AllTrails.com (https://www.alltrails.com/ )- Search over 50,000 trails with reviews and photos curated by 3 million hikers, campers and mountain bikers like you. You will not find hikes such as: Ice Box Peak, Pine Creek Peak, Holiday Peak etc.
Peakery.com (http://peakery.com/) – online database of peaks around the world that you can keep track of the peaks you climb.
Backcountry Post - (http://backcountrypost.com/) Another community site where you can post trip reports and photos.
Weather Site: (http://climbingweather.com/nevada) weather information for hiking areas in NV.
Nation Weather Service (http://www.wrh.noaa.gov/vef/) Link set to Las Vegas. You can zoom to any location and get very accurate information.
YouTube: https://www.youtube.com/user/BranchWhitney Over 250 hiking videos, hiking tips, and product reviews for you.
Hiking Las Vegas Facebook: (https://www.facebook.com/home.php?sk=group_68936636102) Very active Facebook hiking group. 3000+ members. Photos and information about hikes around Las Vegas and beyond. Members can share hiking tips, trips, and photos.
Sierra Trading Post (http://www.sierratradingpost.com/): Great selection and prices.
Campmor: (https://www.campmor.com/): Great selection and prices.
Amazon: Do I really have to say anything J
REI: (710 S Rampart Blvd and 2220 Village Walk Drive Suite 150) great selection and return policy. Staff is very helpful and knowledgeable.
Desert Rock Sports (8221 W. Charleston Blvd) – good selection of hiking and climbing gear. Staff is very knowledgeable.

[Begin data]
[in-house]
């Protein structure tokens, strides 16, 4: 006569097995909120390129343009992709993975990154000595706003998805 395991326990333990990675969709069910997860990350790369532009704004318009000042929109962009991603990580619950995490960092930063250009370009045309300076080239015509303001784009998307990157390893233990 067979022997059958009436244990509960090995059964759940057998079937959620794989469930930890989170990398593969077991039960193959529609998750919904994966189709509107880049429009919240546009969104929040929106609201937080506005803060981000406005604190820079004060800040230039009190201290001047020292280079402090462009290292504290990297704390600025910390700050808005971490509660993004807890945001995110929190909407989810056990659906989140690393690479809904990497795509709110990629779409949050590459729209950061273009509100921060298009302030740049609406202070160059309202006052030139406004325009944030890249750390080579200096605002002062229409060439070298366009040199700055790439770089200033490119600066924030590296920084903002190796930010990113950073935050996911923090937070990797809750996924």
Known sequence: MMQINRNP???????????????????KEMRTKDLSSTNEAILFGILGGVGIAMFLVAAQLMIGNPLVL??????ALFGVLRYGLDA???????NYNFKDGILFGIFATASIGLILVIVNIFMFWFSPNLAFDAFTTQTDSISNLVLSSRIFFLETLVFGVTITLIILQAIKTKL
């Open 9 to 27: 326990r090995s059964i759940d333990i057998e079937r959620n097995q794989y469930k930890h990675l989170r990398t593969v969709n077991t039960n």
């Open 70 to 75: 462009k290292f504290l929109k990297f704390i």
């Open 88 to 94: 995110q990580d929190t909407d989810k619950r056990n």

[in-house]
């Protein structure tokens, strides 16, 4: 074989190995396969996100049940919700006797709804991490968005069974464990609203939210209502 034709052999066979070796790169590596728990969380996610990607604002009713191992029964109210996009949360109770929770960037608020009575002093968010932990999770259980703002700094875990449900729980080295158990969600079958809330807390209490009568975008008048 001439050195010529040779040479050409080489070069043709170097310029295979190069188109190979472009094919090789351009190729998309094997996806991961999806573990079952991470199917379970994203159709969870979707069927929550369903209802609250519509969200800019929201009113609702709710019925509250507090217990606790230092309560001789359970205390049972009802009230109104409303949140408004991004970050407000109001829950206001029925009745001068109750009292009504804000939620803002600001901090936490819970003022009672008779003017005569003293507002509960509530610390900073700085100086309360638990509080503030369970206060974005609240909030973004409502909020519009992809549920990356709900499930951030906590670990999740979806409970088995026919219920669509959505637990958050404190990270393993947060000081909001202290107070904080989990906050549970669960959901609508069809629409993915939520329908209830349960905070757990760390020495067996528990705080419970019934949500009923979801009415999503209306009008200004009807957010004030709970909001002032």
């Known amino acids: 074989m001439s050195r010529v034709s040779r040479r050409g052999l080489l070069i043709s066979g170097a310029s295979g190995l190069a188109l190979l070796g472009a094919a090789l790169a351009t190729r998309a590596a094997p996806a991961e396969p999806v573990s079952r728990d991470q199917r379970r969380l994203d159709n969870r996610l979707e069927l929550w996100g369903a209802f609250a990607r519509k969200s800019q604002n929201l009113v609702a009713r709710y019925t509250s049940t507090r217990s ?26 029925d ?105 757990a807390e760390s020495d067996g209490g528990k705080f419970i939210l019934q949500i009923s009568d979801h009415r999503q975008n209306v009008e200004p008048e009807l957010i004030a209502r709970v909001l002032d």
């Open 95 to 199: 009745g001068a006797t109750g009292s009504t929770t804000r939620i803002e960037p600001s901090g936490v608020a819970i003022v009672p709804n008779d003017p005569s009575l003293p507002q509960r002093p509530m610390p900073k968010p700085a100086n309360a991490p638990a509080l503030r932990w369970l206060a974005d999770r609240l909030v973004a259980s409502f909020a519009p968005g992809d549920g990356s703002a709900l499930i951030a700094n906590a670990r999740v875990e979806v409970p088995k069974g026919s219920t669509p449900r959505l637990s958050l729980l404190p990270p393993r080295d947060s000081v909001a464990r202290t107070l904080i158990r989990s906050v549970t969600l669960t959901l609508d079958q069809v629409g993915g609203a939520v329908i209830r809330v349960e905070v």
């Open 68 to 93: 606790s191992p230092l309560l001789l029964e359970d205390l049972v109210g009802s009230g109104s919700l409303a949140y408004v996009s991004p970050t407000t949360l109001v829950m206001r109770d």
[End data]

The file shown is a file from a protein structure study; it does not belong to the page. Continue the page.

The 52 Peak Club (www.52PeakClub.com): for advance hikers who want to hike/scramble to the best 52 Peaks around Las Vegas. We average 60+ hikes per month. I created the 52 Peak Club.
Las Vegas Mountaineers Club: (http://www.lvmc.org/ ) One of the oldest hiking clubs in Las Vegas. They offer hikes and climbing outings and teach their members outdoor skills.
Hiking Las Vegas. Covering Red Rock Canyon, Mount Charleston, and Lake Mead, Hiking Las Vegas is the definitive all-encompassing guide to the best outdoor adventures surrounding Sin City. The hikes range from relaxing trails perfect for families to challenging climbs for advanced daredevils. I am the author
You can buy it from Amazon or locally at REI.
Hiker's Safety Talks
Aug. 29th at 6:30 pm at the Windmill Library
Sept. 22th at 6:30 pm at the Rainbow Library
These are given by Branch Whitney and are free to attend.
Branch Whitney is the author of Hiking Las Vegas and creator of the 52 Peak Club where members hike to the best 52 Peaks around Las Vegas, NV